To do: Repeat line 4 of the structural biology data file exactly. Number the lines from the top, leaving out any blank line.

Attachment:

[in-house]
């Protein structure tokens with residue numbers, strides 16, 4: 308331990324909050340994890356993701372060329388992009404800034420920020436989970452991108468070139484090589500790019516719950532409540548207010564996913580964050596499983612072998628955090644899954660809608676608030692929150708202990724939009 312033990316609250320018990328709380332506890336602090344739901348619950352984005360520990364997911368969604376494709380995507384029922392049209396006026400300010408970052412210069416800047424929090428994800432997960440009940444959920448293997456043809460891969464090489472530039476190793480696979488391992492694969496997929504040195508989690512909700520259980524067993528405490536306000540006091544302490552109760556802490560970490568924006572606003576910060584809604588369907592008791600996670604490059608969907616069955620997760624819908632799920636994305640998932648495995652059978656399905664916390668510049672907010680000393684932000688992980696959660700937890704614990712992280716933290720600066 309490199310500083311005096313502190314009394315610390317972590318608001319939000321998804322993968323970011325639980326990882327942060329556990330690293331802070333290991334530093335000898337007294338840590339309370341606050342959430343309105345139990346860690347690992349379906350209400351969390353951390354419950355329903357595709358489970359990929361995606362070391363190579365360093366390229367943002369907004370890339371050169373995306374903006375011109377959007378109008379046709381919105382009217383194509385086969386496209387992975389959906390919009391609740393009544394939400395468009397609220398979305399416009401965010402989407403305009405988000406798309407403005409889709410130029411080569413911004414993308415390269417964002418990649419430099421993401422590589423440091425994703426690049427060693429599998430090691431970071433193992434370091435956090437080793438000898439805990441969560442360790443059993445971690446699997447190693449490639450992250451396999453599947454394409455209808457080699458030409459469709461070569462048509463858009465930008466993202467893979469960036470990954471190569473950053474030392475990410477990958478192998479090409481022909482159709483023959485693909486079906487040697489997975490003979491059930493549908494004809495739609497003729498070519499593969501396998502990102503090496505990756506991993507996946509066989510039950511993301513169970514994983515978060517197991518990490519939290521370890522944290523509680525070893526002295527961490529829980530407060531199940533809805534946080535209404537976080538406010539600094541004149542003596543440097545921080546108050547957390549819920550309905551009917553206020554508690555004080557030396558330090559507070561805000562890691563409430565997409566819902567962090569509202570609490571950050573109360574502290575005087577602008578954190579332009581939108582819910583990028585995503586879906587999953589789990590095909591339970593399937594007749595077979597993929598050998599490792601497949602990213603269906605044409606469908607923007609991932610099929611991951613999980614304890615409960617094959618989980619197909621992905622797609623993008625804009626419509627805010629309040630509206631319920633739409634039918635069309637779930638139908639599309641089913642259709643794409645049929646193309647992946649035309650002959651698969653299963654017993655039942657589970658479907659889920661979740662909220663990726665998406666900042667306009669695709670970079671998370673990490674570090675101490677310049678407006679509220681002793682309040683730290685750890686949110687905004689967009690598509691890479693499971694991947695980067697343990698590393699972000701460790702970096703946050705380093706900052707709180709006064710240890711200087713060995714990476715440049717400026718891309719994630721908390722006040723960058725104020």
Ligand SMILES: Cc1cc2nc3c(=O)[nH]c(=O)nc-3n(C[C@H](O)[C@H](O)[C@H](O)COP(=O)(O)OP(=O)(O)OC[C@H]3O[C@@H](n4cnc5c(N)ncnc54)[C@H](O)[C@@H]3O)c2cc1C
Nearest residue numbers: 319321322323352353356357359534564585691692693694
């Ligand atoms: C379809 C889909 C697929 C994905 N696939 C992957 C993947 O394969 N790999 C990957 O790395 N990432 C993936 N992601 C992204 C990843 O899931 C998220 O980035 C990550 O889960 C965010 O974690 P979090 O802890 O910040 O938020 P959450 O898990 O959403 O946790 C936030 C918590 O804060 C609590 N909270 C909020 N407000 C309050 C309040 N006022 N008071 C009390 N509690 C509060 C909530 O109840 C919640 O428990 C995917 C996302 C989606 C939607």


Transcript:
Nearest residue numbers: 319321322323352353356357359534564585691692693694